Data partitioning is a common practice to make use of multiple databases to store larger datasets or datasets accessed at a higher frequency than a single database can handle. It’s a common practice used in large Software as a Service (SaaS) systems for scaling to handle larger quantities of traffic. Typically, a partitioning key is used to determine which partitioned database to use for a particular data request.
A simple example of data partitioning is to partition all data for an application by account so that all data for accounts whose name begins with A–D is in one database, all data for accounts whose name begins with E–K is in another database, and so on. A more likely account-based partitioning mechanism would be to partition by an account identifier rather than the account name. However, using account name makes this example easier to follow. This is a very simplistic example. This type of partitioning can be illustrated using the following figure:
In this figure, you can see there is a consuming service that needs to make use of account data contained within the database. The request for data is sent to a partition switch, which determines, based on the account name, which database will contain the data for the particular account being requested. It then will route the data request to that selected database.
In general, you should avoid data partitioning whenever possible. This is because whenever you use data portioning, you run into several potential issues:
- Application Complexity. You increase the complexity of your application because you now have to determine where your data is stored before you can actually retrieve it.
- Cross Partition Queries. You remove the ability to easily query data across multiple partitions. This is specifically useful in doing business analysis queries.
But there is a greater issue with partitioning, and that involves load balancing. If you do not choose your partitioning key carefully enough, or if you choose the wrong key, you can skew the usage of your database partitions making some partitions run hotter and others colder. This reduces the effectiveness of the partitioning while complicating your database management and maintenance. This is illustrated by the following figure:
Often, repartitioning of the load is necessary in order to balance traffic across unbalanced partitions. Repartitioning is a complex operation that can introduce bugs and other failures in the system. In addition, in order to maintain high availability for your application, you typically have to repartition on-the-fly, while your application is running. This can be difficult if the data that must be transferred during a repartitioning action is large.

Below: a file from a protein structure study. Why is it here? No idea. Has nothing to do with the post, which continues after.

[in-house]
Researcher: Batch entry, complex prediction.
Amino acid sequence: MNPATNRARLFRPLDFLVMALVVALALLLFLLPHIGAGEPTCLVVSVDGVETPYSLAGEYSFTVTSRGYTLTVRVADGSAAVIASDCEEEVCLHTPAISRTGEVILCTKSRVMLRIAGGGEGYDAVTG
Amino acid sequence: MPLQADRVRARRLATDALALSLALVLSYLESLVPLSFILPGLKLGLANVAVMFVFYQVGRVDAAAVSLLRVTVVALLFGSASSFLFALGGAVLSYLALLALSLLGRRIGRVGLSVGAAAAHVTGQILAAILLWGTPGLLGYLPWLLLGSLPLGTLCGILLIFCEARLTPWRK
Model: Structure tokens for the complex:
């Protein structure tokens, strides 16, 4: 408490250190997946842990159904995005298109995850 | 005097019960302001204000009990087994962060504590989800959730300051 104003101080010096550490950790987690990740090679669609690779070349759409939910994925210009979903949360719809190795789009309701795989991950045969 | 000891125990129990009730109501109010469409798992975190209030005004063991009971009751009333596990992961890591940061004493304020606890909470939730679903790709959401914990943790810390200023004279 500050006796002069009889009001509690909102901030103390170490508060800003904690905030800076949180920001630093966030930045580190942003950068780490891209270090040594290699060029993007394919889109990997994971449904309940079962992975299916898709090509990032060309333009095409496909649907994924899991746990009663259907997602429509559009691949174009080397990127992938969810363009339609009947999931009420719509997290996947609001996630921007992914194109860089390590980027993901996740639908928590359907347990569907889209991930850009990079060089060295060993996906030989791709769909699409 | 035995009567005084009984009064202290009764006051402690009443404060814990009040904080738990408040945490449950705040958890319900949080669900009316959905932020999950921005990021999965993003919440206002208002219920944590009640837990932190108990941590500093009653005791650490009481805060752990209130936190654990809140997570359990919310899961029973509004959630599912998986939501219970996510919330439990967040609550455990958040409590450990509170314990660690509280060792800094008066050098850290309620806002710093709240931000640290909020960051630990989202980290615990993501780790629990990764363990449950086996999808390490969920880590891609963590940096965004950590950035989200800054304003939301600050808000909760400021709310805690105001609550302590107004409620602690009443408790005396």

You also can run into another, potentially insurmountable problem. What if a single account grows to be larger than can be handled by a single database partition? You can see an example of that in the above figure. Problems such as this can make your application limited in its usefulness to your largest customers. Hardly a desirable situation.
Don’t Use Account As A Partition Key
In general, account name or account ID is almost always a bad partition key, yet it is one of the most common keys chosen. This is because a single account can change in size during the life of that account. An account might begin small and can easily fit on a partition with a significant number of small accounts. However, if it grows over time, it can soon cause that single partition to not be able to handle all of the load appropriately, and you’ll need to repartition in order to better balance account usage. If a single account grows too large, it can outgrow a single partition, and your application can no longer service that account successfully.
A better partition key would be one that would result in consistently sized partitions as much as possible. Growth of partitions should be as independent and consistent as possible, as shown below:
If repartitioning is needed, it should be because all partitions have grown consistently and are too big to be handled by the database partition. Adding new database partitions to handle excessive traffic is easy, moving data around due to inconsistent dataset sizes in individual partition elements is hard and dangerous.
Selecting and utilizing appropriate partition keys is an art in and of itself.
Timely Handling of Growing Pains
Most modern applications experience growth in their traffic requirements and application complexity. Often, we ignore these growing pains until the pain becomes too great. However, by that point, it is more than likely too late. If we don’t think about how our application may grow while we are architecting the application before it scales, we will lock ourselves into architectural decisions that can block our ability to scale as our business requires.
Instead, while designing and architecting your new application and changes to your existing applications, consider how those changes will be impacted as your application grows, in the amount of traffic, the number of customers, and the application complexity and number of engineers working on it. Don’t put off scaling decisions until they become a problem.
This article is based on content from my book, Architecting for Scale, published by O’Reilly Media. If you are interested in learning more about this book, please visit the book’s website here.